Google launched a browser optimized to run Web applications on Tuesday, a move that some observers believe could help loosen Microsoft’s grip on personal computing. The new browser, called Chrome, has been built to enhance the performance, stability, and usability of complex Web applications. It could help broaden the appeal of Google’s many online services.
Members of the Chrome development team and company cofounders Larry Page and Sergey Brin unveiled the new browser and demonstrated its capabilities at a press conference held at Google’s headquarters in Mountain View, CA.
The announcement ignited excitement among technology bloggers and pundits, some of whom recalled the bitter “browser war” fought between Netscape and Internet Explorer (IE) during the 1990s. However, because Chrome essentially provides a platform for other applications, many believe that it may pose a direct threat to Microsoft’s core product–the Windows operating system.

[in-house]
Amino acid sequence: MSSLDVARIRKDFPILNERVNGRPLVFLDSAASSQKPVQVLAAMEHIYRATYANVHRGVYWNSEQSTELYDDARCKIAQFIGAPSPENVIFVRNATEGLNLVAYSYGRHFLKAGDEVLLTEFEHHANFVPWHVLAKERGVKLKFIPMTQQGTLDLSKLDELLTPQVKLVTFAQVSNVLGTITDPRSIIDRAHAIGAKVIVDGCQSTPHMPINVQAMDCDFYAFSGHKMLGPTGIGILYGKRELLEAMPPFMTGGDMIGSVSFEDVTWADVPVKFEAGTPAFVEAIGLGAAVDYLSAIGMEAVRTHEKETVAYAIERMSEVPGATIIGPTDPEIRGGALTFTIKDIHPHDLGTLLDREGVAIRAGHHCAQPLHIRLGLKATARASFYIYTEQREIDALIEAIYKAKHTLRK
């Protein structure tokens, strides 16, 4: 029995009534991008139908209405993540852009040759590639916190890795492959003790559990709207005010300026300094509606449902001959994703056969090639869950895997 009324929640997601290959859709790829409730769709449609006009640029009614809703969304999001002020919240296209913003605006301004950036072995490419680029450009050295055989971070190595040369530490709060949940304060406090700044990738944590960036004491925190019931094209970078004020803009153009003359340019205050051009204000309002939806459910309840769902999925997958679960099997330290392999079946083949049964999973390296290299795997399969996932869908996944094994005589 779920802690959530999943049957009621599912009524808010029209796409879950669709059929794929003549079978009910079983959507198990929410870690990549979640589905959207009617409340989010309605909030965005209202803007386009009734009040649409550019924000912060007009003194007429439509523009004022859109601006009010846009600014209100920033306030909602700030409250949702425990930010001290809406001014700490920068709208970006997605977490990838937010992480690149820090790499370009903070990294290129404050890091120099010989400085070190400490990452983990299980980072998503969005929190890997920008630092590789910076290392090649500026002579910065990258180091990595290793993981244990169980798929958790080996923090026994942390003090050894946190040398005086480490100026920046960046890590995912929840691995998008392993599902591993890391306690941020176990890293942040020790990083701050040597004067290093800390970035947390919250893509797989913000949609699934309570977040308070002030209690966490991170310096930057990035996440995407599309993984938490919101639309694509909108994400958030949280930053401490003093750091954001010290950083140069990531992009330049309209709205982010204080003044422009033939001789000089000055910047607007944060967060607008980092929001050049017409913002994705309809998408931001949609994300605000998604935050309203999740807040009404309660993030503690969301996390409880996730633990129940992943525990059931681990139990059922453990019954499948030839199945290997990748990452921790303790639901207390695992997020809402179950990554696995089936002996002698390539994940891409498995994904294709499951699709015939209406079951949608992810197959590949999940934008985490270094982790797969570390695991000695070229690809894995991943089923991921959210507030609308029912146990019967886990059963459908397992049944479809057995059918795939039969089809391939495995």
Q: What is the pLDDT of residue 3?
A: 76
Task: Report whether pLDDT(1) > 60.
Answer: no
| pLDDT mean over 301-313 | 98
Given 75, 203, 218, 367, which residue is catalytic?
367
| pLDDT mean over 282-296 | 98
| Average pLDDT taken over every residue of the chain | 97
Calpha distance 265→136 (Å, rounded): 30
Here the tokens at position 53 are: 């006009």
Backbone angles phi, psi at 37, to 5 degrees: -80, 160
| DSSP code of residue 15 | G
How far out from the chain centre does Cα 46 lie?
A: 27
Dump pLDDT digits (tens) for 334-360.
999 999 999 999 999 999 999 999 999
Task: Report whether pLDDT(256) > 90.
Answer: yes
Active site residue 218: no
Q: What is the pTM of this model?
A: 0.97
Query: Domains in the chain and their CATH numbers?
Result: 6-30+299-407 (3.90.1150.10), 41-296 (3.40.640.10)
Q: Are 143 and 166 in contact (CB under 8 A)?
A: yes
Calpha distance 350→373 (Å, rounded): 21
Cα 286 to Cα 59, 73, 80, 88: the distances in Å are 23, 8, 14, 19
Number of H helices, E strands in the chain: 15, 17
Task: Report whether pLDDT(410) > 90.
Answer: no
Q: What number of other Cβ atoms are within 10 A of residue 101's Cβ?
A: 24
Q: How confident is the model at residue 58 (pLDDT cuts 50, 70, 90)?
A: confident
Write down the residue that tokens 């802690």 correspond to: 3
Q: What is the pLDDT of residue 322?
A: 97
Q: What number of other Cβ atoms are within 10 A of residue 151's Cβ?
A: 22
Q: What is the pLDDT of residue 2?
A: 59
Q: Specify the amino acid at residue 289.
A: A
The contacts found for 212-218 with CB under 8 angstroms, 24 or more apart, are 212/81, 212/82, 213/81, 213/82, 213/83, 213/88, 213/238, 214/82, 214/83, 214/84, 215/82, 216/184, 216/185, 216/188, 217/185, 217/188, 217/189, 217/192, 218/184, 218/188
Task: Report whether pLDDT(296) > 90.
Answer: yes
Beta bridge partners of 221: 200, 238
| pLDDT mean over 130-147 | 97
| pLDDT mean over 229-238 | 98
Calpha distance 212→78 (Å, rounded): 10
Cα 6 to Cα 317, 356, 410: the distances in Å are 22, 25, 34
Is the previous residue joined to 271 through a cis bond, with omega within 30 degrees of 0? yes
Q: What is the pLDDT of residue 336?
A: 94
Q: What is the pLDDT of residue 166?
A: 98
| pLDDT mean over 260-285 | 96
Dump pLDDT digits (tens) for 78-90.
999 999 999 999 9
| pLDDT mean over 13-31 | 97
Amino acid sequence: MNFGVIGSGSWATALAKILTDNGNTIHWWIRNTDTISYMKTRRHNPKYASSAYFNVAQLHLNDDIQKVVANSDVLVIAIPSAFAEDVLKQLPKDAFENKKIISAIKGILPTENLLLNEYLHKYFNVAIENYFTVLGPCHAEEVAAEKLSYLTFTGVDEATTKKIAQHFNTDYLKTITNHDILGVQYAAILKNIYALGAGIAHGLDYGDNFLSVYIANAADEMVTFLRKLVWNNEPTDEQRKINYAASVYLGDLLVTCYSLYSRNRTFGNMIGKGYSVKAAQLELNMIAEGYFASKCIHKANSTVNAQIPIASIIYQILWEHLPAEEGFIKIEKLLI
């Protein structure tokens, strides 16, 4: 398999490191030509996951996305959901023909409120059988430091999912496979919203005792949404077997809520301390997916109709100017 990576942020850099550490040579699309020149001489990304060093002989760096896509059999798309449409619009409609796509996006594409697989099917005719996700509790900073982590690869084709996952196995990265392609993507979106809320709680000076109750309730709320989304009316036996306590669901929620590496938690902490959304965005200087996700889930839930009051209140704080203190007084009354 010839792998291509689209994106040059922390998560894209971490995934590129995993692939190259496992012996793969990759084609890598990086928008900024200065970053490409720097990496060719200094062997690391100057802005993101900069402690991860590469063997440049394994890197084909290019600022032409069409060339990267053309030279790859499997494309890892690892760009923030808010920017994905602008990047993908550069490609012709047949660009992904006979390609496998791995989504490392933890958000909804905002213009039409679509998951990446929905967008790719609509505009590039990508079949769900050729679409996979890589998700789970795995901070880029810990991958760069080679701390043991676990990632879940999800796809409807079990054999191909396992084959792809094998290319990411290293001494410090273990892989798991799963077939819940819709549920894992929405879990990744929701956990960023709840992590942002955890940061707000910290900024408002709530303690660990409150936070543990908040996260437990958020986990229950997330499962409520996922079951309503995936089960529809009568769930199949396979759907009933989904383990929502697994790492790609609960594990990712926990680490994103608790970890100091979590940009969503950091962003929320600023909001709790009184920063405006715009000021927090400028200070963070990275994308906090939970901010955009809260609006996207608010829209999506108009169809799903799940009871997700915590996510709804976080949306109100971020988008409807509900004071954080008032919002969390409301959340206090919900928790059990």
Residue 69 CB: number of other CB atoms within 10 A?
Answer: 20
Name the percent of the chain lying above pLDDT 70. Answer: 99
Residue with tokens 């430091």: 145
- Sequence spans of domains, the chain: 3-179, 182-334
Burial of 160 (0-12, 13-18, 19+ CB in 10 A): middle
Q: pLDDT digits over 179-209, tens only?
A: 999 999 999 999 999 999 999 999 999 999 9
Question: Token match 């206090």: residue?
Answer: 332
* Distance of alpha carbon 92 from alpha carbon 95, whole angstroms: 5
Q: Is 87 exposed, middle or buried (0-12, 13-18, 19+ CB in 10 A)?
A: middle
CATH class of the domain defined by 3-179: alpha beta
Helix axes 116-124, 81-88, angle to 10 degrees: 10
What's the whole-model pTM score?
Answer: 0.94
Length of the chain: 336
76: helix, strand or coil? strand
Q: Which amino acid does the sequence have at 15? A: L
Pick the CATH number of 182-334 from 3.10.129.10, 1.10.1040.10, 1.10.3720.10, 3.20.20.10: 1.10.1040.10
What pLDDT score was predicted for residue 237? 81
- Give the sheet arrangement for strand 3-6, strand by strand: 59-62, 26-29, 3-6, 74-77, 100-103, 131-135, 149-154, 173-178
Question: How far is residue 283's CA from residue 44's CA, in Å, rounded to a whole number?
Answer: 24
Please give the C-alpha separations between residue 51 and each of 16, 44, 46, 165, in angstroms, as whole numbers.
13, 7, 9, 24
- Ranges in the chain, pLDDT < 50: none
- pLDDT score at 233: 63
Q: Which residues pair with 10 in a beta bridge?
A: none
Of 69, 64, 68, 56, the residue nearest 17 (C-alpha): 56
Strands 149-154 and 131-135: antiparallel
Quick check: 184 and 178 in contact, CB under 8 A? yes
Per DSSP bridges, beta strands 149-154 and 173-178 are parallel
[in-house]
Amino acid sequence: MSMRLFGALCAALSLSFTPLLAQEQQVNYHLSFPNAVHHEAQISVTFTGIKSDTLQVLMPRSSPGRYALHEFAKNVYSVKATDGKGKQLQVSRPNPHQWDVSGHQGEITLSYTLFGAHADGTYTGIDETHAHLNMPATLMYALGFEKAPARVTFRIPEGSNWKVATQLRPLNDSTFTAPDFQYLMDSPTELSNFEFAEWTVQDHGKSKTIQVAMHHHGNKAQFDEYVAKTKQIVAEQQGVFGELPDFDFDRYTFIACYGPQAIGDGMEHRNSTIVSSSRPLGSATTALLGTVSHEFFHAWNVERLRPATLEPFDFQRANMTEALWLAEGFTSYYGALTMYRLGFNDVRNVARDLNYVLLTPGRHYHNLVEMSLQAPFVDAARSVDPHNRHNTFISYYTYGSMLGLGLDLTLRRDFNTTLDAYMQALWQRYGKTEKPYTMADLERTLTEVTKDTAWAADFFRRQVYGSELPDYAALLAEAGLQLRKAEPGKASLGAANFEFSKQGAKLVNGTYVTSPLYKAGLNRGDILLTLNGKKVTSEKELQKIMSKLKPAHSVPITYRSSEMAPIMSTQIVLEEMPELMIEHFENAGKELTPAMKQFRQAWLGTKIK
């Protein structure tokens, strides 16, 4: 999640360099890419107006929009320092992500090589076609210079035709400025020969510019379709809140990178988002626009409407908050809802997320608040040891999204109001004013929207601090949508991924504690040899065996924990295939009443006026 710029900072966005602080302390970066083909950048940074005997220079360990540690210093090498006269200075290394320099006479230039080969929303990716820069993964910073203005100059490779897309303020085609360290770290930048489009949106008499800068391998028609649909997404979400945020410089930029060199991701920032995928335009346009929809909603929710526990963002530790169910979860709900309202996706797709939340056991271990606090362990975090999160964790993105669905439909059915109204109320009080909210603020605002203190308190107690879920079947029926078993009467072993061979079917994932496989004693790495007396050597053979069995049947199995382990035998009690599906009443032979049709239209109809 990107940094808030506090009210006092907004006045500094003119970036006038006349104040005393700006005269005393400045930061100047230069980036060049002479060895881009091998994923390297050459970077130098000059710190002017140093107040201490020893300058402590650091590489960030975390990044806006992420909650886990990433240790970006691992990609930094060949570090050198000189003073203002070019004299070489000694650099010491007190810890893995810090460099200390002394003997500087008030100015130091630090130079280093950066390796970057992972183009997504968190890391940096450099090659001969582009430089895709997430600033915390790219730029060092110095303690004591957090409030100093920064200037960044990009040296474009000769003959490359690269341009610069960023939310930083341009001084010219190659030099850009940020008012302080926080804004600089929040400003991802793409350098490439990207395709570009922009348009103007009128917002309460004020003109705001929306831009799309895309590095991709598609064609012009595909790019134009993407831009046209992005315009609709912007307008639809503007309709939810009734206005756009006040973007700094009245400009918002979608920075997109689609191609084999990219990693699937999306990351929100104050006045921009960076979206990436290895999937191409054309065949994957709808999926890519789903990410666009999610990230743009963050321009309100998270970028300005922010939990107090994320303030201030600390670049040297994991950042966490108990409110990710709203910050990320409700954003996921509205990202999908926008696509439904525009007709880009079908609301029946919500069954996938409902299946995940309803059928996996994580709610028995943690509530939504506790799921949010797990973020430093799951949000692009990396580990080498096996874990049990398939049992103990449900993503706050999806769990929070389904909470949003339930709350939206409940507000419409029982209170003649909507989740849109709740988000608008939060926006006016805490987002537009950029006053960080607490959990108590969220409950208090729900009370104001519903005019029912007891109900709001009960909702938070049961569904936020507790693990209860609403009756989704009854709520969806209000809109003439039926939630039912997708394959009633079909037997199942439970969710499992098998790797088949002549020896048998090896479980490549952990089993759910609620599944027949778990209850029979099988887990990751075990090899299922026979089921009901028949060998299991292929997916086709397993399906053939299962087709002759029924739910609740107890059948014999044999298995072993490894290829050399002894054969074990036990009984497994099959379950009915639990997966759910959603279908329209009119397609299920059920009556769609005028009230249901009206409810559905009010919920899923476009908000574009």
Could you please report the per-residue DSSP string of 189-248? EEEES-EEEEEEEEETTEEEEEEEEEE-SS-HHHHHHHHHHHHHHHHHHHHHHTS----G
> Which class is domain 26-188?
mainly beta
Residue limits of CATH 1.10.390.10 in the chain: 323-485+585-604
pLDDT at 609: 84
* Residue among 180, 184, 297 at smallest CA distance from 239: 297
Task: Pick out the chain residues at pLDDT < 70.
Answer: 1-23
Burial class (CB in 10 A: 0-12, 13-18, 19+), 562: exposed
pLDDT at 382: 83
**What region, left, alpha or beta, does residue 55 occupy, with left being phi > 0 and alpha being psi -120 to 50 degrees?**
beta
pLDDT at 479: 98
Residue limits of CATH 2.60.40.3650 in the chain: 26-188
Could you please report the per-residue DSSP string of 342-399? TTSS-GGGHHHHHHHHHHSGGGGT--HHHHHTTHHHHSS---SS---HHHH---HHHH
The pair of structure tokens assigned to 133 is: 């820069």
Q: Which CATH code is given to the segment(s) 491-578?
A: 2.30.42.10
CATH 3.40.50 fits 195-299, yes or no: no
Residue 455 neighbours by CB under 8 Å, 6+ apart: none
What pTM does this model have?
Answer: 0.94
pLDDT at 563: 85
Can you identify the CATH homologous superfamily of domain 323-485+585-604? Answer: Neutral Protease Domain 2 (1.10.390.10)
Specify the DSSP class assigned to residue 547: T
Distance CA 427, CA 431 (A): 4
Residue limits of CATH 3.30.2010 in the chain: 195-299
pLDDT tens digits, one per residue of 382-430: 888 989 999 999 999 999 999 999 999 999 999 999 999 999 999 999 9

One of Chrome’s most significant features is its ability to run Web applications separately, in different windows or tabs, just as an operating system can run applications as individual “processes.” This promises to improve the speed and stability of Web software such as Google Docs, a suite of word-processing, spreadsheet, and presentation applications offered by the search giant.
“If one tab dies, you don’t lose the others or the browser itself,” explains Darin Fisher, who led the project. This also delivers a performance boost, he says, and increases the number of Web applications a person can use simultaneously. “If one tab is busy, you can switch to another one and do work,” he says. “This is nice for performance, especially if you have a newer computer with a dual-core CPU,” because it can run separate operations using each of its cores.
Tabs also function as a prominent navigation tool in Chrome, since users can remove a tab and keep it running as a simplified, stand-alone application. Ben Goodger, lead user-interface engineer on Chrome, notes that people use Web applications differently than they do static Web pages. “We looked at browser interfaces and realized that some of those features–back, forward, and reload–weren’t relevant for Web applications,” he says. “We want to break Web applications free of the browser.”